‘Jeeze, I thought we were gone then.’ said Baby between drags ‘How about Davo, did you see that mark he took in the third quarter? If he’d kicked bloody straight, we’d have walked that in.’ We both looked over at Davo, standing against the far side of the change-rooms that were slowly filling with steam wafting in from the showers. Amongst the steam and sweat and glistening arms peeling off grass-scented jumpers, he stood tall, like a glistening Greek god, guffawing and beaming as he peeled off a strip of tape wound around his thumb. As he threw it to the change-room floor I caught a glimpse of more tape showing just below the line of his shorts, at the top of his left thigh. Suddenly it all made sense. His thigh was strapped. Bloody Davo must have had an injury that he hadn’t told me about- probably a groin strain or a slight tear in his upper thigh. He must have asked Wally not to tell me about it, worried that I wouldn’t pick him in the team. I pushed over to Wally, who was finishing strapping Stevo’s wonky knee. Wally slapped Stevo on the back. ‘There you go big-feller, a couple of anaesthetics and you’ll be fine!’ then he turned to me and as he rolled up the rest of his tape and stowed it in his medicine chest and grumbled, ‘Good game Mitch. Bit bloody close though.’ ‘Yeah, Wal. Thanks. Look, what’s the story with Dave’s thigh. You should have told me you know.’ ‘Told you what? Don’t know anything about Dave’s thigh.’ ‘No, come on, Wally. It’s strapped up!’ ‘Well, I didn’t strap it. He must have done it himself.’ Of course. That made even more sense- he’d strapped it himself and that’s why he couldn’t kick, He’d probably made the strapping too tight. ‘Hey Davo,’ I called through the mass of dripping, freshly-showered bodies and beckoned him over. ‘What’s up with your leg? ‘My leg? Nothing. Why, whaddya mean?’ I pointed at the piece of Elastoplast just below the left leg of his shorts. ‘Nope, nothing wrong at all.’ ‘Come on Dave, what’s the tape for then?’ Davo looked down and studied the muddy floorboards of the change rooms. He looked a little sheepish. He hesitated. ‘You know how I got here late, right?’ ‘Not the sort of thing I’d forget Dave’ ‘Well, I slept in and I was in such a rush that when I got here, I realized I’d left my jocks at home.’ He gave me another dumb, sheepish look. None of this made any sense to me. But he must have read the expression on my face so he went on. ‘Well, I couldn’t go out there without jocks. My shorts are all baggy. You know how I said I couldn’t follow through properly when I kicked’ I nodded. Then it dawned on me. ‘That’s why I couldn’t kick straight!’ He paused, then added, ‘Yeah, Mitch I didn’t want my old feller hanging out and flopping around while I was chasing the footy...so I taped it to my left leg!’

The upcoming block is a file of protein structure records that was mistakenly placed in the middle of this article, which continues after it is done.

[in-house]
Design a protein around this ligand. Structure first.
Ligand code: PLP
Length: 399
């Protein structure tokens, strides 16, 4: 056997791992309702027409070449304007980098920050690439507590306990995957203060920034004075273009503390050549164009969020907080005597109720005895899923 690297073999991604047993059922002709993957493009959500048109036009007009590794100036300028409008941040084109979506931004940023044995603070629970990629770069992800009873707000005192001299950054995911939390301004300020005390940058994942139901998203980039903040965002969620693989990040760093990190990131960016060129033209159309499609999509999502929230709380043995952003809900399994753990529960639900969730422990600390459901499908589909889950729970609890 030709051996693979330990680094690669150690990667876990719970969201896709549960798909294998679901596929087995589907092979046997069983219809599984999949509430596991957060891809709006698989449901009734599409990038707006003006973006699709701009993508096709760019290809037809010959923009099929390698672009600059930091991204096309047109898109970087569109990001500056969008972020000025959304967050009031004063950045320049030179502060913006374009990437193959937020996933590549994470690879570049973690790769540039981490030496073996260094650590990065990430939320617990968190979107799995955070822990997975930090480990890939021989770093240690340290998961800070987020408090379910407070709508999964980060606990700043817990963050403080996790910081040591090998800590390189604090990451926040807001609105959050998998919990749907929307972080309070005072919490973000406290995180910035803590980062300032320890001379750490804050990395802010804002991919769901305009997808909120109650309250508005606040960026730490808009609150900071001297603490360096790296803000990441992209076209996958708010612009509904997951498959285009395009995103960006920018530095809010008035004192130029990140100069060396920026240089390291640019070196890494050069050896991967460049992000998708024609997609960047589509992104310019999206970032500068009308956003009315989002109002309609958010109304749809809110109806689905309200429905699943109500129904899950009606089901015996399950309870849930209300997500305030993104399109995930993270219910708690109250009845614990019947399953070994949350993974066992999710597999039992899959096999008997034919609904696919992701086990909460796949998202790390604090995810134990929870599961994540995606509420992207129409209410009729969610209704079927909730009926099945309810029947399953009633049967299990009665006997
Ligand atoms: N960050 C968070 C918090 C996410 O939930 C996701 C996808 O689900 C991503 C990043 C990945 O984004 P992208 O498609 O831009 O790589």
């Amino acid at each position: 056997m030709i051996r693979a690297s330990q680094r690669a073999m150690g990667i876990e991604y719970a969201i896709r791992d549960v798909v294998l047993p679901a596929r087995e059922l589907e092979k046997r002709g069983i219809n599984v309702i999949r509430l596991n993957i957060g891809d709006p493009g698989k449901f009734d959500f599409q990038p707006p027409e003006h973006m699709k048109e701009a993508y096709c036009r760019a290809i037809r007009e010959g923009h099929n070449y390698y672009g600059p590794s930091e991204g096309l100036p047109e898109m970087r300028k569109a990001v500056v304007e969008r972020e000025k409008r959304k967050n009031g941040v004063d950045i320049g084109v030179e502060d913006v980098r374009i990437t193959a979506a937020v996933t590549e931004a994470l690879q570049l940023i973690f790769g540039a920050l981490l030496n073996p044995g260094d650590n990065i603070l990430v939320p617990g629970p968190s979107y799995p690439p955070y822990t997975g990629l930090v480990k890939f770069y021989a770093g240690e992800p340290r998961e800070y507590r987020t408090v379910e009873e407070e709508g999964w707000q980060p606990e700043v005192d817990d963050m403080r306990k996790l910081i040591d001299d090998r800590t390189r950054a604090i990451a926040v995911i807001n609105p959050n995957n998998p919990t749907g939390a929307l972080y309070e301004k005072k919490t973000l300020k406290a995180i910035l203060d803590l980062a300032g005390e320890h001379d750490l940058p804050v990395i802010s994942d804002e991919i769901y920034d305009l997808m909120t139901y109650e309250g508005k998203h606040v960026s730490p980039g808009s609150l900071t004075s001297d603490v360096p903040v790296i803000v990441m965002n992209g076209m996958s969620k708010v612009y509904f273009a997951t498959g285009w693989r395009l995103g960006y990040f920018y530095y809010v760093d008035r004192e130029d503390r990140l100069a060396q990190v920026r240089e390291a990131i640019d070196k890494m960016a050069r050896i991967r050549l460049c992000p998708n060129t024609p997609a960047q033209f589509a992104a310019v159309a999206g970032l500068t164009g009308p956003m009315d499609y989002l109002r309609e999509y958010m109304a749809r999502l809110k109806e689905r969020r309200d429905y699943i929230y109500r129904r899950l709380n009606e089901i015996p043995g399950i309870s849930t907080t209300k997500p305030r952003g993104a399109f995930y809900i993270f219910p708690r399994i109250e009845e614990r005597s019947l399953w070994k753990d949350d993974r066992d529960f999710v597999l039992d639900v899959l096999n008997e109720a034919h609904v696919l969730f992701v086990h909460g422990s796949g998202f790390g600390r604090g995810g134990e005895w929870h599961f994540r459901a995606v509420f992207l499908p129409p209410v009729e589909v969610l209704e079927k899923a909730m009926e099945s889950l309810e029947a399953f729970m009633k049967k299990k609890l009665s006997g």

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The Last Post magazine - Autumn 2012 - Anzac Day Special